Don’t let the jolly belly and the beard fool you. George R.R. Martin is one cold blooded motherfucker. Here is every single death from his A Song of Ice and Fire (it isn’t Game of Thrones, you illiterate swine!) tabbed. Two-hundred and eighty-four fallen souls. Shout out to I Heart Chaos for the find.
Completely impractical for television but none the less gorgeous, George R. R. Martin has revealed what the Iron Throne looks like in his sludgy dome piece. Impression? It’s fucking stunning.
If the final minutes of “Fire and Blood” didn’t make your jaw hit the floor, best go have your pulse checked. The dragon(s) have awoken and season 1 of Thrones ended on such a homerun for HBO, the audience, and that fat guy with two middle initials: George R.R.Martin. Producers David Benioff and D.B. Weiss did a great job of adapting this immensely rich novel and streamlining it into a coherent show. Like the first book in the “Song of Ice and Fire” series, season 1 is essentially a prologue for the war to come and an even more grand season 2.
Game of Thrones does this really incredible thing every week in which things appear to be at their worst. It feels like at any moment the kettle is going to boil over and everything will burst into flames. The amazing thing is that it doesn’t. The scary thing is, is that it’s still going to get worst. It’s unrelenting. With this episode everyone is gearing up for war. The “green” Robb Stark is stepping up to the plate for his father’s honor, the Lannisters are eager to defend their title, the Dothraki have no choice but to follow Drogo across the sea, and it appears that an unholy army is massing north of the Wall. I’ve read the first two books in the series and all of this still excites the hell out of me.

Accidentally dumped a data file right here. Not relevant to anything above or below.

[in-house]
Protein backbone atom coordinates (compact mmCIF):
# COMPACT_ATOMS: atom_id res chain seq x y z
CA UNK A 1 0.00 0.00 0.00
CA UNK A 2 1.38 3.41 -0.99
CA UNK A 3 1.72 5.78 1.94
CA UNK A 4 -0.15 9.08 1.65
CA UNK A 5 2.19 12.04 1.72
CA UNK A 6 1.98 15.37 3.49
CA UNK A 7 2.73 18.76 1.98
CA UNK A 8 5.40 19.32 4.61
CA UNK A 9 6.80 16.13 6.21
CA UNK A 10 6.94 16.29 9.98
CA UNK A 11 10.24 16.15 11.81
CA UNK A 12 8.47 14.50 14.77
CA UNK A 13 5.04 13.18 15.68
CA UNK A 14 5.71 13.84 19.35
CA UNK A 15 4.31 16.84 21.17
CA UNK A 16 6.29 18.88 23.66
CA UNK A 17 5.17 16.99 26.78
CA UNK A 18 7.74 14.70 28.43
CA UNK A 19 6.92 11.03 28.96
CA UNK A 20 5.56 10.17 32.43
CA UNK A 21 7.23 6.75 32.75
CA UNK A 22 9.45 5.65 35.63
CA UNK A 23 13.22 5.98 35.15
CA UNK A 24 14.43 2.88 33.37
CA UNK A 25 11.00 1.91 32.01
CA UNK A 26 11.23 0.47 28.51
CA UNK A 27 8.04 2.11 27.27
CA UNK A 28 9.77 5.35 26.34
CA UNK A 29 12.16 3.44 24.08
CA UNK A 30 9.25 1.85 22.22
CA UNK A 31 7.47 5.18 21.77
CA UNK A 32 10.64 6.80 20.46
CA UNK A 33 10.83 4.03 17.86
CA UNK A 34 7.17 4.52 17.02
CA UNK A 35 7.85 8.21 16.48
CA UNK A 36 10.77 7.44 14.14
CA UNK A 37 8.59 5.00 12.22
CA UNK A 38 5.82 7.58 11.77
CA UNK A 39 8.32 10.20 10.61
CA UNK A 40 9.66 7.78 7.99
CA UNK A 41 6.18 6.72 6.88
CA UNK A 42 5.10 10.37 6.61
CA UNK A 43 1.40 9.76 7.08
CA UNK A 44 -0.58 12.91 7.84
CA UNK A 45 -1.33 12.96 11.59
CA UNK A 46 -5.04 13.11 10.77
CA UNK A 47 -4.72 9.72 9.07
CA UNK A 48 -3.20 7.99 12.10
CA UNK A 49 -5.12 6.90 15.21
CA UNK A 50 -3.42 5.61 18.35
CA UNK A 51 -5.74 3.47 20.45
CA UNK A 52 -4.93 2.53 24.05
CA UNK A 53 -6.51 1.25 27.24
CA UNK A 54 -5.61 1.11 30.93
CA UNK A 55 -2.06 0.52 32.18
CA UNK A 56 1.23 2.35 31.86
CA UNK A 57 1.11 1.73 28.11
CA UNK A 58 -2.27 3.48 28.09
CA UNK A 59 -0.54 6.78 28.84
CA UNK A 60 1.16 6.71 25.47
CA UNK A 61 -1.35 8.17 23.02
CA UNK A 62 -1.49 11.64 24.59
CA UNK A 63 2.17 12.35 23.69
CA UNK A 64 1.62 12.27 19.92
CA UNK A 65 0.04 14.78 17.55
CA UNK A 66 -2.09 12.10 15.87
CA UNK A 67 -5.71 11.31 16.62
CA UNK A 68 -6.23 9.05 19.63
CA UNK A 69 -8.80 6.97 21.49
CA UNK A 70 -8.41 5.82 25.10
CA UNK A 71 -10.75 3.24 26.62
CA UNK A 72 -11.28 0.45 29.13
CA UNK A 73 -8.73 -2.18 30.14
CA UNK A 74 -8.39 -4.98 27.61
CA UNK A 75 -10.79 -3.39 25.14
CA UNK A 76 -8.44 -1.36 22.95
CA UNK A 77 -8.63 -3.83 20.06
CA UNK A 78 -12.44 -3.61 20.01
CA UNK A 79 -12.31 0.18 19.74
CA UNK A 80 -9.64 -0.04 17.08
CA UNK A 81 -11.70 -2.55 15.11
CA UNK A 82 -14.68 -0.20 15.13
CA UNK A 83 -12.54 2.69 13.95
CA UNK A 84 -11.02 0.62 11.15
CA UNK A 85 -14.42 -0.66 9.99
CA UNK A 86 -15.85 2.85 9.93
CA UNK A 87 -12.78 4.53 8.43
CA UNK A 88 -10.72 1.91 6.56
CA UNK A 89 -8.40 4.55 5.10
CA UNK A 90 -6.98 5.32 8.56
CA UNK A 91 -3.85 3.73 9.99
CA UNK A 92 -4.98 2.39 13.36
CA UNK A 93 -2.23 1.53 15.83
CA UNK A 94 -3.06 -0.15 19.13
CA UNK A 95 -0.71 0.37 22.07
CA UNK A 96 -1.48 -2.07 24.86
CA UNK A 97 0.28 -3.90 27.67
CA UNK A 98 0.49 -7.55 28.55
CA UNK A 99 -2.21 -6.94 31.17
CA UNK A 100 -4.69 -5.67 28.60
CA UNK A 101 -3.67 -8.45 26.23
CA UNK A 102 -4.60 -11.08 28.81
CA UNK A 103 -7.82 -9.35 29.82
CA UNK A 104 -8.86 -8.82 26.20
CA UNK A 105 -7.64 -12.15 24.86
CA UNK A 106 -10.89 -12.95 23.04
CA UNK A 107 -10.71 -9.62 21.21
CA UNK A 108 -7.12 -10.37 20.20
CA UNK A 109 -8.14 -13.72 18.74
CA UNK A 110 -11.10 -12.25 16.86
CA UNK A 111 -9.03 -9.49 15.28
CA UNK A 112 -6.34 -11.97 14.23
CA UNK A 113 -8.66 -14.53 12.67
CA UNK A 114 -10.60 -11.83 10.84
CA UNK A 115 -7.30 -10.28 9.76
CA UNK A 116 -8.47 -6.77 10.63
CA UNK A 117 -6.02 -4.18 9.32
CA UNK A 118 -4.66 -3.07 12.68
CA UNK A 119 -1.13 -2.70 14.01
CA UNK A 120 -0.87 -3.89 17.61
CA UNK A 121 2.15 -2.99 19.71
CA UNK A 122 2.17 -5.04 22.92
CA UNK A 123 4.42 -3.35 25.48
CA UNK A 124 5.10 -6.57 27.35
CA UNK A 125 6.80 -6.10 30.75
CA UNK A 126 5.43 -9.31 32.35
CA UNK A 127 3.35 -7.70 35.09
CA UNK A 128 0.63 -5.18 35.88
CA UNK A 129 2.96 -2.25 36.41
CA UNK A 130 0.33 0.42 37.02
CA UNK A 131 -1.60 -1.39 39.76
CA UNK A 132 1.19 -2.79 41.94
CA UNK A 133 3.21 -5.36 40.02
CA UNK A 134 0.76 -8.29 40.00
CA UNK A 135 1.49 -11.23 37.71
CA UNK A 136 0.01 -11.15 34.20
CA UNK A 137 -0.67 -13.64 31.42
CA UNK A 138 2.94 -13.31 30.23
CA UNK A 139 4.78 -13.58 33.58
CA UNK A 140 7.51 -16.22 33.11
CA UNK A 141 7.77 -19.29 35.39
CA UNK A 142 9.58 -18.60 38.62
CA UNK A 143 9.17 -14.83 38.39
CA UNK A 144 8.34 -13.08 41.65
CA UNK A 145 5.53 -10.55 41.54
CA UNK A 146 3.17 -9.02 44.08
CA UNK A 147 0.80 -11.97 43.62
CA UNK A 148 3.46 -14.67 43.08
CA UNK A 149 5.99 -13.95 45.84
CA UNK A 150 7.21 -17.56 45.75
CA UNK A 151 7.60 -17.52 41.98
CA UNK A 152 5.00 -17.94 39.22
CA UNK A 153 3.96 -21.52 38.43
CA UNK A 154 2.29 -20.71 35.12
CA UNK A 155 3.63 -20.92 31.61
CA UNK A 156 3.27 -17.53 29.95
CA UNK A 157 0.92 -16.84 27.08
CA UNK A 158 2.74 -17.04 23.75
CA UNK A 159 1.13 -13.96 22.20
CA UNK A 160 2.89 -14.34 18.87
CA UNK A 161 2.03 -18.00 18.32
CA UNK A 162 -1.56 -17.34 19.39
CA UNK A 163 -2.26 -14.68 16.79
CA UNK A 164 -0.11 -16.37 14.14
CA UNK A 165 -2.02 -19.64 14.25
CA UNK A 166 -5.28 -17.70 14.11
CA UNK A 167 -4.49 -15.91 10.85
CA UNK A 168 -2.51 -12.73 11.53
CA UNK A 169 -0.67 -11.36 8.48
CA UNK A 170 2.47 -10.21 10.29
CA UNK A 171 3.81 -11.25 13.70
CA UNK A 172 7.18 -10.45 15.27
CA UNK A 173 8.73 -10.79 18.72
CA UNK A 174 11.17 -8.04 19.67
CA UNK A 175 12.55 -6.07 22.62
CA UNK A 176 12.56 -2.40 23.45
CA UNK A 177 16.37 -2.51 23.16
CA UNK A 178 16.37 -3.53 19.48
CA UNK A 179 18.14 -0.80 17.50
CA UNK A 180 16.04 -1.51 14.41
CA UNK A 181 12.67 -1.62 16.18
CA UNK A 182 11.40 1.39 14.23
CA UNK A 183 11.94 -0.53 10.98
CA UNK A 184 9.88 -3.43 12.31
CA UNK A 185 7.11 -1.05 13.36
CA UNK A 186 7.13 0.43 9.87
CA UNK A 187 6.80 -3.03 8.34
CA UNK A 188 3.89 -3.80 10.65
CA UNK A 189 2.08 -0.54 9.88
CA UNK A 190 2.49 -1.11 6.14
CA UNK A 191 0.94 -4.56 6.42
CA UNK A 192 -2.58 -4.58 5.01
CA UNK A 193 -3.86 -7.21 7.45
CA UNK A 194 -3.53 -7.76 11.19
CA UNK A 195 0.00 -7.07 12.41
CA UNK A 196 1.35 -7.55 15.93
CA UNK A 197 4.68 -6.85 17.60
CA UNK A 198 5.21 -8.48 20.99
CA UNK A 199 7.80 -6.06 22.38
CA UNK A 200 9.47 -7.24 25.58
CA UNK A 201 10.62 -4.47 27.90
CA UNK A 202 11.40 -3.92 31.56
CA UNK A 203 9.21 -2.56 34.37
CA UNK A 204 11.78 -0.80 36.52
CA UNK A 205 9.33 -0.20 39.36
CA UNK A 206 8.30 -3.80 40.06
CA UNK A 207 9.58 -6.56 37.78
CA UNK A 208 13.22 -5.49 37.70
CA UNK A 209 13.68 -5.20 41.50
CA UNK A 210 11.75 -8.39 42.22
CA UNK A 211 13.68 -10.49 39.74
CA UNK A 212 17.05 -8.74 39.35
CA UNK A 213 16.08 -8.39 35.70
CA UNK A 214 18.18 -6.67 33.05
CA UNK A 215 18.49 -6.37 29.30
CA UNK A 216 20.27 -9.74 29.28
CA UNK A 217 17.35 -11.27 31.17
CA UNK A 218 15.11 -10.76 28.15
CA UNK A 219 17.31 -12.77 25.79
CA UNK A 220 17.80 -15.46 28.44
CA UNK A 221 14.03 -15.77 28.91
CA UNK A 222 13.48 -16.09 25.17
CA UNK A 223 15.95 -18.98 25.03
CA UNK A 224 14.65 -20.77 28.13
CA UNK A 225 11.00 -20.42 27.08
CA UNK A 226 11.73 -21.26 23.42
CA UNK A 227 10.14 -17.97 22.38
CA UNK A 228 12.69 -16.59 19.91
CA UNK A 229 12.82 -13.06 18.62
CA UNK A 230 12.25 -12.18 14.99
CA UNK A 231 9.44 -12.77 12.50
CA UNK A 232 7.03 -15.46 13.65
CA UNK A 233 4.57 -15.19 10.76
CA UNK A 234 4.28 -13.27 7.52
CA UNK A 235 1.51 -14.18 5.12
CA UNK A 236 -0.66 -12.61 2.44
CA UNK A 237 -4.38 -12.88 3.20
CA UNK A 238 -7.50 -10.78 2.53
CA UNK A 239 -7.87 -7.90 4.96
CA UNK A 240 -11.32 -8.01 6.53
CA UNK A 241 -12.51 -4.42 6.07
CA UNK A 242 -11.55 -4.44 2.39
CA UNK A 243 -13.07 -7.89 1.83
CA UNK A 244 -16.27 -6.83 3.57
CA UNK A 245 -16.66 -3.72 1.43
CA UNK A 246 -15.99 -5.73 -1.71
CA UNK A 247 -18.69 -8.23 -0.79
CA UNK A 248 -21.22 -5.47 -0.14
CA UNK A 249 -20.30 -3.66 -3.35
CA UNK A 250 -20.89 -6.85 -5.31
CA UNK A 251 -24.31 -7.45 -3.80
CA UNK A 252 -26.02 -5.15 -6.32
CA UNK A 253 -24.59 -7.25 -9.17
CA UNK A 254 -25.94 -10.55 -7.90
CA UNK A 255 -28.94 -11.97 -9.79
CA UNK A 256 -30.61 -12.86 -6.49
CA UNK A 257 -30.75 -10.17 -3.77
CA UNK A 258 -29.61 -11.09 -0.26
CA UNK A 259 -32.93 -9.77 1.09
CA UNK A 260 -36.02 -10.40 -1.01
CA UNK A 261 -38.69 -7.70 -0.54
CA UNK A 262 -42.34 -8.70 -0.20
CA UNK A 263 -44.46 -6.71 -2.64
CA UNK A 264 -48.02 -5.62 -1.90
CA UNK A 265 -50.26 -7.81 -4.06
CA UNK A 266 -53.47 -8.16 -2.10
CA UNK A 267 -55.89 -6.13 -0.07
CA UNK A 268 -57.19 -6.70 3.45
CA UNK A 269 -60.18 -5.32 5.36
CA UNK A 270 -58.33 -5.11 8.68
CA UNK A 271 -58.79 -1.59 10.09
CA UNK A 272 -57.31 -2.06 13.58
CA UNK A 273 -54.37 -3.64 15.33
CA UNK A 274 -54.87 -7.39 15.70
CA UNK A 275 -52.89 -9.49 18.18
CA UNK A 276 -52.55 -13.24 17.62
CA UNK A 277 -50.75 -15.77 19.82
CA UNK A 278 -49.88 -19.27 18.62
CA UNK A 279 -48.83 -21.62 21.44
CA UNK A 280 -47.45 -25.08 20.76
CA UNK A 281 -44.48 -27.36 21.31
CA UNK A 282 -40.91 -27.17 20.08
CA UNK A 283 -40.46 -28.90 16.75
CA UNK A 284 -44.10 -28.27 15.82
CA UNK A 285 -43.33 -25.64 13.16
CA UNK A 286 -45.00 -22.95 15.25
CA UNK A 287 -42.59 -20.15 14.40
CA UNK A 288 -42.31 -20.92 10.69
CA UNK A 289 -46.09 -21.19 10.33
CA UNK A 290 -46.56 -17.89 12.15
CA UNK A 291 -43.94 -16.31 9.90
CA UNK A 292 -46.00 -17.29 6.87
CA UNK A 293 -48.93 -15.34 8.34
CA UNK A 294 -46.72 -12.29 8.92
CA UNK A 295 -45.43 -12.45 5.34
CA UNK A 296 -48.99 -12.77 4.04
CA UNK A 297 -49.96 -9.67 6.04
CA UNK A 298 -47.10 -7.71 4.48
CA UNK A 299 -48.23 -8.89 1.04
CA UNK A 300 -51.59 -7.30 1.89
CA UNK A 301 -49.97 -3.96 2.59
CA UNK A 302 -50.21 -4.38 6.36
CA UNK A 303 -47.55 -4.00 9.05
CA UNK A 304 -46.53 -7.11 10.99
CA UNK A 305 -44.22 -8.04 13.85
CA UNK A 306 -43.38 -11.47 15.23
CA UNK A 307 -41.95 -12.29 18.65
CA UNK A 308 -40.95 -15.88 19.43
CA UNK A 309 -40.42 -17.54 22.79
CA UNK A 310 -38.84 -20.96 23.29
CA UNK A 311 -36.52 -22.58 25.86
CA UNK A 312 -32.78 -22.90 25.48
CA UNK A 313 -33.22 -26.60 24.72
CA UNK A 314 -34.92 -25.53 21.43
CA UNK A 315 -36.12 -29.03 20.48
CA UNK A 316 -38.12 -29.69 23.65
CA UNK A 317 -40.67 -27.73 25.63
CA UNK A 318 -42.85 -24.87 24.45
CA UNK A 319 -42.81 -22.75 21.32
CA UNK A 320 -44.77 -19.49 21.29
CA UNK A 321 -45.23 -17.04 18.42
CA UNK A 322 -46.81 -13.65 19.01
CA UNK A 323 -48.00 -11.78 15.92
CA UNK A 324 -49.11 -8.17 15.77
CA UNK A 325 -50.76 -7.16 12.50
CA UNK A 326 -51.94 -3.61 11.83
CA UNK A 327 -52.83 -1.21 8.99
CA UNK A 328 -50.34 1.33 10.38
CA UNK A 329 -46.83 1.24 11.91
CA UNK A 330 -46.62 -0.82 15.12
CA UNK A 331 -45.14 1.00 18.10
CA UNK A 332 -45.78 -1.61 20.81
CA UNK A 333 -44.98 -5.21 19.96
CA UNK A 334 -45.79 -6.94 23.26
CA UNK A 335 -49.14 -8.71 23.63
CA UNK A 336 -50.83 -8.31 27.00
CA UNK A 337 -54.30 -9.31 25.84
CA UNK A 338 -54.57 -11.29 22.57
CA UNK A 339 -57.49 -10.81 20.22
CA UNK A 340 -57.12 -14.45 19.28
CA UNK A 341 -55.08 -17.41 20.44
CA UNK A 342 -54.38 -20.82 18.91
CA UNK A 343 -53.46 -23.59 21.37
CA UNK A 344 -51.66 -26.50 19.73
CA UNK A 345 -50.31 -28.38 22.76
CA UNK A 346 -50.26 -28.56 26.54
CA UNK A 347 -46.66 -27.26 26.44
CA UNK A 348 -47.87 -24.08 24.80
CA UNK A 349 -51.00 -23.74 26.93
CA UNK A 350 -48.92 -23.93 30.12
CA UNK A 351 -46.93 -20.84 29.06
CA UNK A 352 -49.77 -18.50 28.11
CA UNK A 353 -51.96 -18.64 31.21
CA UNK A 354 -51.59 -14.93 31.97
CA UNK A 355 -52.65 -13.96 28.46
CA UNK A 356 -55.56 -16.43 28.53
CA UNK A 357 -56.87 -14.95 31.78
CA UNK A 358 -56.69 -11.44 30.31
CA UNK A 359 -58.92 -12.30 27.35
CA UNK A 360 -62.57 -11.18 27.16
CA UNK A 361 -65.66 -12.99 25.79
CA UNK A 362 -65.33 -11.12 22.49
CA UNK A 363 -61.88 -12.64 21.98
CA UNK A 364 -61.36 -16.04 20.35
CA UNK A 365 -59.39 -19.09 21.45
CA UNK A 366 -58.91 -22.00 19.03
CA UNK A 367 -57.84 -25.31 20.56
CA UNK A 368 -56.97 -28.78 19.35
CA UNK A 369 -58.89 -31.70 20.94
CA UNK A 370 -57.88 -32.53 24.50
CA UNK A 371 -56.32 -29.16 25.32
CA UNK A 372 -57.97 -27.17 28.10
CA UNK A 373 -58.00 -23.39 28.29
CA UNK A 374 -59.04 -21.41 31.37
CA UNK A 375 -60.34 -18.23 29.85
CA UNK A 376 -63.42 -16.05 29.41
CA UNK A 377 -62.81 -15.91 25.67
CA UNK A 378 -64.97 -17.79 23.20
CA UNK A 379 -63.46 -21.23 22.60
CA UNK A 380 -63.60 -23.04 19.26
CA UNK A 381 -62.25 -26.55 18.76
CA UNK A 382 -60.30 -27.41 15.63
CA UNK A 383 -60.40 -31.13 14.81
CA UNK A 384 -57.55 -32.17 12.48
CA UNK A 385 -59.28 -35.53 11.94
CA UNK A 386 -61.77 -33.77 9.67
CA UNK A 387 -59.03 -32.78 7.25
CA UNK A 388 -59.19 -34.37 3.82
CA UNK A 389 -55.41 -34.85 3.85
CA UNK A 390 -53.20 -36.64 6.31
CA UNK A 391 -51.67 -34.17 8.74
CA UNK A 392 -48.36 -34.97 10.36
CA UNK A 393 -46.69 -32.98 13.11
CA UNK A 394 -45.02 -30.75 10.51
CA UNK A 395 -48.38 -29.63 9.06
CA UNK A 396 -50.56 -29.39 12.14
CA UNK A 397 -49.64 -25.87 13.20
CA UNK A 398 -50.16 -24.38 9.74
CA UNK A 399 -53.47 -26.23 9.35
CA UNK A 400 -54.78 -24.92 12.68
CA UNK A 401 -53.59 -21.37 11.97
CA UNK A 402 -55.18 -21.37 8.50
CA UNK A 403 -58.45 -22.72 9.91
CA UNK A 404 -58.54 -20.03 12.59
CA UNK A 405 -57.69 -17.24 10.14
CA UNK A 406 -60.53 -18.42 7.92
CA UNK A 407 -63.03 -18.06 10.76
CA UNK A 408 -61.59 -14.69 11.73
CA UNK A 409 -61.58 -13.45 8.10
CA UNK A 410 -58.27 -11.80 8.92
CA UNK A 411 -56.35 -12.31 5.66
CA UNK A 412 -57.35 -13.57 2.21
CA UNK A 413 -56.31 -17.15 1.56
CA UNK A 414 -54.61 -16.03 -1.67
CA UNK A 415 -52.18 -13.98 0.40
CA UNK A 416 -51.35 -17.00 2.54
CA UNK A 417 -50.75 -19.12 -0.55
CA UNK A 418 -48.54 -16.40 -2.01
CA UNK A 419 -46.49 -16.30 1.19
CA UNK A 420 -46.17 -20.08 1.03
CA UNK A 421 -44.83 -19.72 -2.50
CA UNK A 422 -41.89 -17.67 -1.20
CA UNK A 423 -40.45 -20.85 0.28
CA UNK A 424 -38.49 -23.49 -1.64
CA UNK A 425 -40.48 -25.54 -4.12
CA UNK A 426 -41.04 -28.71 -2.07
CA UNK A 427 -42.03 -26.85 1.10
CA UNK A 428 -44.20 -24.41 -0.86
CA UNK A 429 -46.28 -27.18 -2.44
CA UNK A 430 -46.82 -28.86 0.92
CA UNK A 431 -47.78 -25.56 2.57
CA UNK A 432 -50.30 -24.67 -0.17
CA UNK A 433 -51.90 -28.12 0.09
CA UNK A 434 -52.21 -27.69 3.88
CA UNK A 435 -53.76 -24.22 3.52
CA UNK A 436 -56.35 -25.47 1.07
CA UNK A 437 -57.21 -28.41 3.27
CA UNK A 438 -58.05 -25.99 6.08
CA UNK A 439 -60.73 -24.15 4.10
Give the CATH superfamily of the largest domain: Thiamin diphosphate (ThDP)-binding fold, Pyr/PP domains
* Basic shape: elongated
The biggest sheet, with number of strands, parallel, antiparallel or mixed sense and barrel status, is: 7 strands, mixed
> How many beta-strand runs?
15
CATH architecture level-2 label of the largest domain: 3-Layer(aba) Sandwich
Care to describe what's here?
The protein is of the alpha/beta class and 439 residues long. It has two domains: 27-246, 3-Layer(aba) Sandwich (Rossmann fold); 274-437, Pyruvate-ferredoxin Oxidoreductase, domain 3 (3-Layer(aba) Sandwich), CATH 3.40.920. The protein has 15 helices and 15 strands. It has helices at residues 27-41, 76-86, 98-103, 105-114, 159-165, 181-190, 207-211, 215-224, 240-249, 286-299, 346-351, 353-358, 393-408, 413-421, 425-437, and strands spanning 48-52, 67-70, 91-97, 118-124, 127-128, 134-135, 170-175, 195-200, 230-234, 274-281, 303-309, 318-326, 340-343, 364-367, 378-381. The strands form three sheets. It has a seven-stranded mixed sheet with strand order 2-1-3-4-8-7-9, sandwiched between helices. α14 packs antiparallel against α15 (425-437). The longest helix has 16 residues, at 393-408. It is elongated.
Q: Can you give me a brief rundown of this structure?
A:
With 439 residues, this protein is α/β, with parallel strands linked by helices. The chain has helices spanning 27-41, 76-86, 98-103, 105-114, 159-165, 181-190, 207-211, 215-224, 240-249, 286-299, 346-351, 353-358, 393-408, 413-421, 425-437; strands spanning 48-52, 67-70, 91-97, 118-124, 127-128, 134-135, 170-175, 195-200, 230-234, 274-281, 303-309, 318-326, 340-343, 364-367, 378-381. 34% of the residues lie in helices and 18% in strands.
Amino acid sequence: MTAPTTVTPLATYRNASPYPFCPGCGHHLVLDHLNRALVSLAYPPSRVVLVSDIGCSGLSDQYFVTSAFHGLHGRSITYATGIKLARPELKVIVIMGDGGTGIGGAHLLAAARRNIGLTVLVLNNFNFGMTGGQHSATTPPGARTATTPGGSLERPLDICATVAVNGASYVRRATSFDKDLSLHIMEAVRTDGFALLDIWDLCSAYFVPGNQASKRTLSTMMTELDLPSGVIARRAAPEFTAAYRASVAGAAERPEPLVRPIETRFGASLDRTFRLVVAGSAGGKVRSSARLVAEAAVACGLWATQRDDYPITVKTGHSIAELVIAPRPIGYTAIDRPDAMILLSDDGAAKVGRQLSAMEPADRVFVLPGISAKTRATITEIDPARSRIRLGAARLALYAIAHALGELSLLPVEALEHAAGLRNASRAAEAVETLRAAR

RIP King Robert – you were a whoring drunk whose death seemed rather pathetic. But we’re not stupid. You weren’t just gutted by a boar. We know foul play when we see it. You were fed drugged wine by your squire, Lancel Lannister. You’re dead now, though. Something a lot of people have been eagerly waiting for: your wife Cersei, you “son” Joffrey, and your brothers Renly and Stannis. The problem is that all of these people feel entitled to the throne (while the real heir works as a blacksmith’s apprentice) and civil war is about to break out any moment. Martin didn’t choose the title of his book because it sounded pretty.
So long, Viserys. I’m glad to see that in the end you finally got that crown you were constantly whining about. You have to admit though, Viserys went from being a total prick when we first met him to just plain pathetic right before they pour gold all over his head. I wouldn’t call it tragic, but he’s been told since he was five years old that the he would be king – a “dragon.” Watching a crowd chant the name of his sister’s unborn prince – Rhaego – was his tipping point. Ah, well. The crowning scene was beautifully brutal nonetheless.
More than any other episode thus far, “The Wolf and the Lion” feature moments that did not occur in the book. While some fans may turn their nose up at this, I think it’s been the only way to present some of the character backgrounds and relationships penned by George R.R. Martin. Writers David Benioff and D.B. Weiss have been doing an excellent job at adapting Martin’s rich tomes and this episode prominently displays their understanding of the material. The great scene between Robert and Cersei is a perfect example of this. It never happens in the books, but it makes sense on the screen and allows newbie viewers a deep look into how things work in the Seven Kingdoms.